2. " Why Do Anything? It's Too Late in Life. Besides, It's Their Last Pleasure" or
"You Can't Teach an Old Dog New Tricks".
When expressing the first statement, people may not understand the nature of alcohol problems in later life. Problematic alcohol use is not a pleasure for the individual, it is causing significant difficulties in the senior's life.
Alcohol is seriously interfering with the things that older adults often hold nearest and dearest--
remaining as independent as possible;
feeling and being part of the community;
remaining as mobile as possible; and
being able to think clearly and make their own decisions as long as possible.
The second statement is not only inaccurate, it is extremely ageist and condescending.
In spite of the fact that an alcohol problem has been a long standing problem for a significant number of seniors, research indicates that seniors do as well if not better than younger persons when they receive appropriate support and assistance in their lives for the alcohol problem. It is true that the longer that a problem goes unrecognized or ignored, the more likely an older person's physical, mental, and social health will deteriorate, reducing their chances to improve. Waiting for a senior to have a crisis or "hit rock bottom" is often a death sentence.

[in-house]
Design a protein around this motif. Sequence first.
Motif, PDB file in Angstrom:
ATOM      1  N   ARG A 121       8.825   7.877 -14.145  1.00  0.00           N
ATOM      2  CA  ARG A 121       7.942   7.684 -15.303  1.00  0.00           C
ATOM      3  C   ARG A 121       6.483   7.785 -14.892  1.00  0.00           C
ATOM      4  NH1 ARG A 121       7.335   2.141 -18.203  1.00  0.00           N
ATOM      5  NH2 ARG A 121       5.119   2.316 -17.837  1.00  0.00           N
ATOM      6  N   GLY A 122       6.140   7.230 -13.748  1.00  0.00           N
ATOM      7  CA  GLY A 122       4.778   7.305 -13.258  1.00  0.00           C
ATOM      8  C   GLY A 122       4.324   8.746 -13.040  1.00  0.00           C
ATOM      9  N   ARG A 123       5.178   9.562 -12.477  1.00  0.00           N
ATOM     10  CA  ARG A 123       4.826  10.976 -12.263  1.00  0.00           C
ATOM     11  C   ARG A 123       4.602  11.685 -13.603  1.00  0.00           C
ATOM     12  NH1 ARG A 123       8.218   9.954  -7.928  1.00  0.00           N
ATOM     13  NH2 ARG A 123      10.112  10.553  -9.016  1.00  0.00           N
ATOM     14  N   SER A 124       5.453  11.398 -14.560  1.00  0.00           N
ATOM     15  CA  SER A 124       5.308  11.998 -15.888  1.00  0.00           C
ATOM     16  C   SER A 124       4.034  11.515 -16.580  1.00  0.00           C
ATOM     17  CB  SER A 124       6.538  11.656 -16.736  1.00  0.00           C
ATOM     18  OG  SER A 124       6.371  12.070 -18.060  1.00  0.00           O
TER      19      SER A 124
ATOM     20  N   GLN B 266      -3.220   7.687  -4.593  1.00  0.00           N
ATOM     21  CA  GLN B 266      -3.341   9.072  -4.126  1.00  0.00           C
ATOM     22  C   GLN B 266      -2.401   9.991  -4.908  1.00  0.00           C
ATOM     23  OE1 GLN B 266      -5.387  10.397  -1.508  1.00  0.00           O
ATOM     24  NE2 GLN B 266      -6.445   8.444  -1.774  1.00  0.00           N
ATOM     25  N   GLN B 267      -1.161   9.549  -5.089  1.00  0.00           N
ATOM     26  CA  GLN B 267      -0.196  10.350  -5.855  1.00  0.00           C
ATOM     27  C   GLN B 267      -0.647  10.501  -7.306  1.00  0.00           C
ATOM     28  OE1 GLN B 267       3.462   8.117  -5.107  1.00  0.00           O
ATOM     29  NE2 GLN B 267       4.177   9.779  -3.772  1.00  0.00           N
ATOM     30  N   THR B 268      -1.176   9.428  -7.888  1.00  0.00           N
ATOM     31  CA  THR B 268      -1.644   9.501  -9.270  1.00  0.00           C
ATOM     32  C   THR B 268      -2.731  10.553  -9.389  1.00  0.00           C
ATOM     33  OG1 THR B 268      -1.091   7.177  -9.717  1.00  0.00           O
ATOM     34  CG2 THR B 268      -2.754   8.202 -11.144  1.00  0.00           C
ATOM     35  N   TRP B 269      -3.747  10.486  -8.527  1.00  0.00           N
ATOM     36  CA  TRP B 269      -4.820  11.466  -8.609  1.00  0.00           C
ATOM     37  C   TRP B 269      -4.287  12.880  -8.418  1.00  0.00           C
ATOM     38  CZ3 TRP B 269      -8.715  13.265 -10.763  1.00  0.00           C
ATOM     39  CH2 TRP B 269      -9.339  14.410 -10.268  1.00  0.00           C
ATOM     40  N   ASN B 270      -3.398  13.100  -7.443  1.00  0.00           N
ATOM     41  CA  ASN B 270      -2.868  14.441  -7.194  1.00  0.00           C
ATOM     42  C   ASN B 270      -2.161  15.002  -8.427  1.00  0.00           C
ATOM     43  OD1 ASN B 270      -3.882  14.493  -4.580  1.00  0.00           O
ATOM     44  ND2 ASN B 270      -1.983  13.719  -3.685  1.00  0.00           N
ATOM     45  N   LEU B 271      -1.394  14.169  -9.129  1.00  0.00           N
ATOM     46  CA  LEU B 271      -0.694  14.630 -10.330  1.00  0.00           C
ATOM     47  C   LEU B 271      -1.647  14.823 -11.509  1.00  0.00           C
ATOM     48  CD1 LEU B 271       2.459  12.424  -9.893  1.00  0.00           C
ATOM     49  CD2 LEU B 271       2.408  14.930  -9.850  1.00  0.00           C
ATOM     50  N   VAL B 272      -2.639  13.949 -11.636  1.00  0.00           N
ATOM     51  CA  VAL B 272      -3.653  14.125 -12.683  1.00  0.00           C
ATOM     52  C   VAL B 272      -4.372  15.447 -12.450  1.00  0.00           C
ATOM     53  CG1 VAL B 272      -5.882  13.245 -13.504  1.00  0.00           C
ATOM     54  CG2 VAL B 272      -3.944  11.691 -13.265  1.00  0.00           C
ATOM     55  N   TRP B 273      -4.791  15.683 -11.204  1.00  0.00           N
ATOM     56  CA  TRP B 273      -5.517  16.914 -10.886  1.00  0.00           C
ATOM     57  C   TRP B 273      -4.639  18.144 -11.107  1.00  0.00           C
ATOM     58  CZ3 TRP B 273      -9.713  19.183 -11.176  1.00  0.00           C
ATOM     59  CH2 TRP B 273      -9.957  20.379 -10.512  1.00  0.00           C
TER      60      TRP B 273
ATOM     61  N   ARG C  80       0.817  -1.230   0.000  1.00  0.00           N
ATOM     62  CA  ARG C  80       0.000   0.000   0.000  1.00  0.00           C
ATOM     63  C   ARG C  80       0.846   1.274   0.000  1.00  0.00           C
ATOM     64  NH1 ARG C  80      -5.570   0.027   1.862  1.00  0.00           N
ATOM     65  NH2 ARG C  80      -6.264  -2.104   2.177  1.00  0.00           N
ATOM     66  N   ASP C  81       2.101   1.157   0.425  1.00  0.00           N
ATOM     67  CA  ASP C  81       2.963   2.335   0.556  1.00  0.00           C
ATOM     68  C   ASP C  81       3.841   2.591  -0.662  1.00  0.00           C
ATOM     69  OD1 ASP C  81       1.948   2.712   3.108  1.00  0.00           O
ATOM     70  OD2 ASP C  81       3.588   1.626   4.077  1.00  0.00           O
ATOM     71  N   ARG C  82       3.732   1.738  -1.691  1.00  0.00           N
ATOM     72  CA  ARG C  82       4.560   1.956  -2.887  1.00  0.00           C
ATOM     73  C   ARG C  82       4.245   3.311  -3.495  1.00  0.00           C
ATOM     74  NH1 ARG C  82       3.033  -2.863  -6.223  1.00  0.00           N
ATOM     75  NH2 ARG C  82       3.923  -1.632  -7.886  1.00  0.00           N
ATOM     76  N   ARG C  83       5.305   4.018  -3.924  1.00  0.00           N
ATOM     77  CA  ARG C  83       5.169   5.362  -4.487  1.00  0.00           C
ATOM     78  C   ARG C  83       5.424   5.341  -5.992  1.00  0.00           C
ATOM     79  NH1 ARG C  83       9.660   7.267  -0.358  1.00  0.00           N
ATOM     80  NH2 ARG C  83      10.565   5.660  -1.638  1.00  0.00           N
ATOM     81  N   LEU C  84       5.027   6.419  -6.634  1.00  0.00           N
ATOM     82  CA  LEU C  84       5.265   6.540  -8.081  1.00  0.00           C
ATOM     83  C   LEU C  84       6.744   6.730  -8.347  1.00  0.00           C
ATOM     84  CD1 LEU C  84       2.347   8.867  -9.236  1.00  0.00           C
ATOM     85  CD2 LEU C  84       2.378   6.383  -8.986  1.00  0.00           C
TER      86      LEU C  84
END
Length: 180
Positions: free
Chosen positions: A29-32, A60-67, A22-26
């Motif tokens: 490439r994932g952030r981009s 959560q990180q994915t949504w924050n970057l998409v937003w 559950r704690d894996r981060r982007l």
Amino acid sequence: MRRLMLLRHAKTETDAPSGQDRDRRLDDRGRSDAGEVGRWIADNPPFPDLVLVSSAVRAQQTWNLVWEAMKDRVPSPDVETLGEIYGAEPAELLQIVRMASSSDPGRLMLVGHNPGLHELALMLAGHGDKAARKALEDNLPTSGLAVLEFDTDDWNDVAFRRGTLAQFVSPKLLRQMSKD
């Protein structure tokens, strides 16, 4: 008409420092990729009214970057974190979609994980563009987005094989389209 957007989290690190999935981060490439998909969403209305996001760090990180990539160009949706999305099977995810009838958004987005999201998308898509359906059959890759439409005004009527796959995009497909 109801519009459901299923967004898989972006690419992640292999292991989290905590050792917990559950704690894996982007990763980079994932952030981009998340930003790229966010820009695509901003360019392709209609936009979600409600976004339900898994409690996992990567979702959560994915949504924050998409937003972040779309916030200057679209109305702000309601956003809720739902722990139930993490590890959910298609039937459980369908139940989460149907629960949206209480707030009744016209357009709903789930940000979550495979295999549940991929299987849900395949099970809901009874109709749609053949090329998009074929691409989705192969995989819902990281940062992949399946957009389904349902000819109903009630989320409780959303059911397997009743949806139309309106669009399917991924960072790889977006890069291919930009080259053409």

3. The Alcohol Problem is Too Complex
It is easy to feel overwhelmed by the number of complex medical and social problems that seniors who have had long standing ("early onset") alcohol problems may be experiencing. This feeling of hopelessness is quite common among service providers in the community (and even addiction specialists who do not have significant experience working with older adults).
Even in seniors who are experiencing alcohol as a recent ("late onset") problem, conditions more common with growing older can complicate a person's personal and social resources.